3. Quit flossing right before bedtime.  If you are like me, you’re often up too late, and the last thing you want to do is floss when your eyes are half closed.  Make a point to floss earlier in the evening.  Try to find a time that works for you; right after work, during a halftime break, maybe when your kids are getting ready for bed.  When you have a little more energy, you will be more effective, and have significantly better results because of it.
  4. Use plain, unwaxed, nylon floss.

    If you are going to get floss, this unwaxed nylon floss is the most effective. It's made by POH, and is available in our Laguna Niguel office.

    Dr. Dan’s Very Favorite Floss

    One of our favorite periodontists relates dental plaque to bacon grease, and different kinds of floss to other kitchen armamentarium.  Waxed floss is like waxed paper, teflon floss [Glide] is like plastic wrap.  Neither of which do a good job of cleaning up a spill of bacon grease on your kitchen countertop.  I’m truly happy with any floss you want to use, but if you want to be the most effective then plain floss it is.  My favorite brand is POH, but any unwaxed floss will do.  There’s a little learning curve, but I feel that it is superior in its ability to soak up all of the bad stuff.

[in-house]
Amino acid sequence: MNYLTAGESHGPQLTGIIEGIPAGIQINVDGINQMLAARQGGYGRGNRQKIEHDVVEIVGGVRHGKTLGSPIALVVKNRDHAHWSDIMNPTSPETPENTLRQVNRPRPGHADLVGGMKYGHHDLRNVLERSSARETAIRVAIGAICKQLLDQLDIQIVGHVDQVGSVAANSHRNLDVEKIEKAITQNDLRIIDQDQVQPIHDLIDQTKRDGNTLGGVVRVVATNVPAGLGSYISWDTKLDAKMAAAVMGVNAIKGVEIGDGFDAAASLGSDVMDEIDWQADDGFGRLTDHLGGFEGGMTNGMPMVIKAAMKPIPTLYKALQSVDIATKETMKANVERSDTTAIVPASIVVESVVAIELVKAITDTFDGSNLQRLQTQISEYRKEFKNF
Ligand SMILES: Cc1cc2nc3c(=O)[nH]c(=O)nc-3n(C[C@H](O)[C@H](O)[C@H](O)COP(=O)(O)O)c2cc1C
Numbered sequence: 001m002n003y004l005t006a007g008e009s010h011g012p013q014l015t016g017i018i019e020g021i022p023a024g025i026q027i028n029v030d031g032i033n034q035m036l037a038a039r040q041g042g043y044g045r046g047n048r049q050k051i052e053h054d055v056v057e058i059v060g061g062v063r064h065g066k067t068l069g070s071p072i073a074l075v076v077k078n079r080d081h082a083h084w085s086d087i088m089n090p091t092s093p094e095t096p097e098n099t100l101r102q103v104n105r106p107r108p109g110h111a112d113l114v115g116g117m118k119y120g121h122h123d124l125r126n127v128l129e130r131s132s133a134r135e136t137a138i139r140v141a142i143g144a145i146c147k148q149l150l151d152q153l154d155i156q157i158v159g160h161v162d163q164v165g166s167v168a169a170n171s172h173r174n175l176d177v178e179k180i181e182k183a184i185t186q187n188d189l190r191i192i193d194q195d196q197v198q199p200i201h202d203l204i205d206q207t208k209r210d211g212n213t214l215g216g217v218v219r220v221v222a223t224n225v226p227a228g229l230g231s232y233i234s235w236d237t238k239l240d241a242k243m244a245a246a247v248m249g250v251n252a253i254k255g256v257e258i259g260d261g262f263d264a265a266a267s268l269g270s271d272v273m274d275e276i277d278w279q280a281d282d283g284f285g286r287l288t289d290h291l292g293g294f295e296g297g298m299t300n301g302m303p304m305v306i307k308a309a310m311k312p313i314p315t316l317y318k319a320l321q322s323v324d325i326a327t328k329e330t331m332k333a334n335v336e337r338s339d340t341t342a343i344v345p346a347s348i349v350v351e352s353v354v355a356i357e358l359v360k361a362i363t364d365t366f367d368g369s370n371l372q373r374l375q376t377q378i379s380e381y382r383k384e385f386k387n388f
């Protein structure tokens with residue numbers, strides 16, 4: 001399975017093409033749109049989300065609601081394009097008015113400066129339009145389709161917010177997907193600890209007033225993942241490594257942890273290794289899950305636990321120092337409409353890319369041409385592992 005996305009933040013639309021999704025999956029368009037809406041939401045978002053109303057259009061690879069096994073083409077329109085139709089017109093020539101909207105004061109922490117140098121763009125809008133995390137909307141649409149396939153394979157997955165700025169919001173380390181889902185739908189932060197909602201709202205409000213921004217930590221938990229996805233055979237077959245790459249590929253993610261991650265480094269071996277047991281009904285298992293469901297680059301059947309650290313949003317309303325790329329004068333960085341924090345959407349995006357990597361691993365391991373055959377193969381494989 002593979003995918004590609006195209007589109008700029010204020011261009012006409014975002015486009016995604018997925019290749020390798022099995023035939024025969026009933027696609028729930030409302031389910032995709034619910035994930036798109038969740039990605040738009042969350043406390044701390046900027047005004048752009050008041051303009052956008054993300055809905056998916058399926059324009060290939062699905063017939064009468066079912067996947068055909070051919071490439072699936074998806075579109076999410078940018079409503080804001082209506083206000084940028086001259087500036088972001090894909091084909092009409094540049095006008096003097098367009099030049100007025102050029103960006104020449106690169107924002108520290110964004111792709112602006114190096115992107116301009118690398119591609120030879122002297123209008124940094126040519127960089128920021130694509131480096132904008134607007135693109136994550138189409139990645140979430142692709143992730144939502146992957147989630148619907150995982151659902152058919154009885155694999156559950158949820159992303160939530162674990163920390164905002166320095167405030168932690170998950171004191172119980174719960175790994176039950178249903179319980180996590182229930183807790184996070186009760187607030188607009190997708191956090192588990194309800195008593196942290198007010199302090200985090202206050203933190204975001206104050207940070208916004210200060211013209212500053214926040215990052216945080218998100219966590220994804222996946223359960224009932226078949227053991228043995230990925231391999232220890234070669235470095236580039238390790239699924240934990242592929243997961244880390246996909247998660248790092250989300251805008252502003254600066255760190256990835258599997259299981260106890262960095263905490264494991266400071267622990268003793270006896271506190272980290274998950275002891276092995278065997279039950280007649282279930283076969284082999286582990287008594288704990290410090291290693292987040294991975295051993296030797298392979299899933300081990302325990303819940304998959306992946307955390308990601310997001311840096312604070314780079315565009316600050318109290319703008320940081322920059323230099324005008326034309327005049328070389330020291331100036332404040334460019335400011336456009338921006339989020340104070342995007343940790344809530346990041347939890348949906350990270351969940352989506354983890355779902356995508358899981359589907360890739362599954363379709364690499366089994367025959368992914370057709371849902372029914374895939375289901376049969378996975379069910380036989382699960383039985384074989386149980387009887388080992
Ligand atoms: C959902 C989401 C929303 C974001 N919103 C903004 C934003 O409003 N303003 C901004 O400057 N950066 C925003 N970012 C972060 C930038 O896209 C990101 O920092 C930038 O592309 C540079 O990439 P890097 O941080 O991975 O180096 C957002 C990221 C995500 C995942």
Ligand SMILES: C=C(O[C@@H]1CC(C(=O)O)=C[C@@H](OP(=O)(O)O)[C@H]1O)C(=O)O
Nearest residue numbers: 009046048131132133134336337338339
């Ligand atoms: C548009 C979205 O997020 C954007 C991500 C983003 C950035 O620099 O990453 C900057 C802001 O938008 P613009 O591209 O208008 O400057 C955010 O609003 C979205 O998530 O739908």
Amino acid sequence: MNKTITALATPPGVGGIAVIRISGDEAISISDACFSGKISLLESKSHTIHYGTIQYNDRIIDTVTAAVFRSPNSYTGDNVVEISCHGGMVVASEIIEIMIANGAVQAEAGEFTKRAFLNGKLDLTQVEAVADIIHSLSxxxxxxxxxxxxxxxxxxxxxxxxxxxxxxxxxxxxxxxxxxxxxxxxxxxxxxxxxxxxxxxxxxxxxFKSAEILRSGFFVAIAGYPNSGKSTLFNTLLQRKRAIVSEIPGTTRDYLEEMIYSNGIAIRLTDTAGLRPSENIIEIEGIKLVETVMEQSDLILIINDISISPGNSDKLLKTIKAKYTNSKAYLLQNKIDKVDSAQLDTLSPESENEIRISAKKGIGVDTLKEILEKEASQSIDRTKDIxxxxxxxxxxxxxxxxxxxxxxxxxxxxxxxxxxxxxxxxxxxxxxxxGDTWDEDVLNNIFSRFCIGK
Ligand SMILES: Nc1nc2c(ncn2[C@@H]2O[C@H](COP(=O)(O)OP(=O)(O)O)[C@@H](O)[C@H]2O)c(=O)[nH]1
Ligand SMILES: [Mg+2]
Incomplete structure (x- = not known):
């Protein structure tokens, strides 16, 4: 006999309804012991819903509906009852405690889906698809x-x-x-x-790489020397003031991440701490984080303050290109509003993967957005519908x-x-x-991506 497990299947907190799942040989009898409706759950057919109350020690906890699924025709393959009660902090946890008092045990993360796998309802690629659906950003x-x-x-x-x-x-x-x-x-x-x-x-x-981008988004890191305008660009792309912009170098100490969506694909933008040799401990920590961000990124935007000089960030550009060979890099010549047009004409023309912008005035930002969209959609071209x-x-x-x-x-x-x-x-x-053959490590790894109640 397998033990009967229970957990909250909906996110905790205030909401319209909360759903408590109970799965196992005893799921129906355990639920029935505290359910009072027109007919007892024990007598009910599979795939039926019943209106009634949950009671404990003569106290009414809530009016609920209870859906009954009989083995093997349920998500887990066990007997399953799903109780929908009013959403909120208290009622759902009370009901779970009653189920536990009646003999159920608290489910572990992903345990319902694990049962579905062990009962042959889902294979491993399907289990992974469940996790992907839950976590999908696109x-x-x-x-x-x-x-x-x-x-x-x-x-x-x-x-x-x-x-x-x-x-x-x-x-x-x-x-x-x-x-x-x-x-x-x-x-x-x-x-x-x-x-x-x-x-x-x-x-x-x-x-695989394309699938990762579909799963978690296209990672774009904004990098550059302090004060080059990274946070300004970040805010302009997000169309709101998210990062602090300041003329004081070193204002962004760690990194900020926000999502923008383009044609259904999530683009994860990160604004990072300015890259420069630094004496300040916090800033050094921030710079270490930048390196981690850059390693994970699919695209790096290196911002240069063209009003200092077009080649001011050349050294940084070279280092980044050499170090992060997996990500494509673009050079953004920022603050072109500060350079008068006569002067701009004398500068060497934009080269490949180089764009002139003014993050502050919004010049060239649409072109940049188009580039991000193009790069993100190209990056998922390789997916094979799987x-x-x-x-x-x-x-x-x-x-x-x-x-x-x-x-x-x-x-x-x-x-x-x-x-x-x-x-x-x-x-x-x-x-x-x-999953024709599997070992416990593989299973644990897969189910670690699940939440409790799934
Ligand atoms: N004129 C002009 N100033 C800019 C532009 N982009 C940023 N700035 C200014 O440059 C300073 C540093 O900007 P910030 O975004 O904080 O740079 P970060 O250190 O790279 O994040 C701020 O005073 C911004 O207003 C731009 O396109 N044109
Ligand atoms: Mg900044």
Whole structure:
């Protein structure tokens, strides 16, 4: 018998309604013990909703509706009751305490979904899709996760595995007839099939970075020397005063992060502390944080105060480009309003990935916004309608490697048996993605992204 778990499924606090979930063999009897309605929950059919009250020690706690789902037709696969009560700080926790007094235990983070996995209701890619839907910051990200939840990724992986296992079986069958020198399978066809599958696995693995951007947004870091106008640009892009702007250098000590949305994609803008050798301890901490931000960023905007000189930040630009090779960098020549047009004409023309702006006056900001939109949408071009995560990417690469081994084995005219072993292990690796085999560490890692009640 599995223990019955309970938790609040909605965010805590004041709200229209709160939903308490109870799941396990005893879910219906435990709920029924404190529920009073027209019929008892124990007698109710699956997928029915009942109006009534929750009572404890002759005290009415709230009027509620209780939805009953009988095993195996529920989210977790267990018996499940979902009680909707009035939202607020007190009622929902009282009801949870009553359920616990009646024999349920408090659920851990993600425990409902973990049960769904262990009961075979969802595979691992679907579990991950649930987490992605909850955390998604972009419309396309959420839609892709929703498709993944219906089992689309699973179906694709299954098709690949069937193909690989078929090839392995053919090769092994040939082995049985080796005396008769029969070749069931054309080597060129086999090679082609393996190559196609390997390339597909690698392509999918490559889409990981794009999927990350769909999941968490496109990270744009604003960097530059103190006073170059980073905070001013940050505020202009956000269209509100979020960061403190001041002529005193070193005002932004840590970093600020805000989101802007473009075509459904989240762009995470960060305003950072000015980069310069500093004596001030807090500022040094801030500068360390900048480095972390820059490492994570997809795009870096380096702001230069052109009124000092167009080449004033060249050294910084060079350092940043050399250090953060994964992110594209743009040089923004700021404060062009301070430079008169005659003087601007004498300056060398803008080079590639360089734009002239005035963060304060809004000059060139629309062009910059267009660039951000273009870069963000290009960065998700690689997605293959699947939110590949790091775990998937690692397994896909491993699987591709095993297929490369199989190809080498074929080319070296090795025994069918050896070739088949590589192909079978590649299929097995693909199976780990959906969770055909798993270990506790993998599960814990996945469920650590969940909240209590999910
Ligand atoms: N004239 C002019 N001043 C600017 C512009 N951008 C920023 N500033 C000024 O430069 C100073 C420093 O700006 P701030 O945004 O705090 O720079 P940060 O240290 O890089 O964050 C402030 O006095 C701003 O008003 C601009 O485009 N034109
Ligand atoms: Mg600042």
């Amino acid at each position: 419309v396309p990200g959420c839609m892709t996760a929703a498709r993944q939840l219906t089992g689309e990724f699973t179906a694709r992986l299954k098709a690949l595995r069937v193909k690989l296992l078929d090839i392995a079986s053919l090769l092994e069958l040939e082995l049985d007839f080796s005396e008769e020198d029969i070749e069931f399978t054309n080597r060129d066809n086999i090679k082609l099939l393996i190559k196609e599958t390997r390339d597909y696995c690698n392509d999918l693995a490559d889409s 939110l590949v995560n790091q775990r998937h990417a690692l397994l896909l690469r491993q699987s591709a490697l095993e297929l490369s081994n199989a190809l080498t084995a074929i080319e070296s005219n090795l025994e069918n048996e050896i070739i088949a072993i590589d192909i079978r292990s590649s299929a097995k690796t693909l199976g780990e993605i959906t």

5. Floss every time you brush.  If tip #3 doesn’t work for you, maybe this will.  Some of our patients prefer the regularity of flossing each and every time they brush.  When done properly, there’s no harm to flossing more than once per day.  If it makes it easier to build the habit, floss before the toothpaste hits the brush.

    Dr. Dan and Dr. Gregg often recommend baking soda to patients with mild to moderate gum disease.

    A true multi-tasker, baking soda helps keep acid loving bacteria in control.

  6. Baking Soda First.  This tip really applies to those who are in the habit of flossing regularly, but aren’t seeing the results they would like.  Make a paste out of baking soda and water, spread it on your teeth at the gum line, and then floss as normal.  The floss will carry the baking soda between your teeth and gums where the bad bacteria hang out.  SoftPiks and rubber tips are also good for pushing the baking soda paste gently into the gums.
  7. Floss in the shower.  This is where we welcome the wonderful world of the WaterPik.  Also a solution for those either not able to floss or where floss isn’t effective, the waterpik is available in several models – some which are water-proof!  Use one in the shower until you learn how not to make a giant mess of your bathroom.  Feel free to load the reservoir with plain water, or you can add a little of your favorite mouthwash for flavor and freshness.

In summary, if you haven’t been successful at flossing, please forgive yourself.  We find that there is a greater amount of success in improving the health of your mouth and gums when we find a method [or methods] that best fits your life.  Try as many of these suggestions as you can, and let us know what worked for you!


Daniel Balaze is a comprehensive restorative dentist practicing in Laguna Niguel, CA.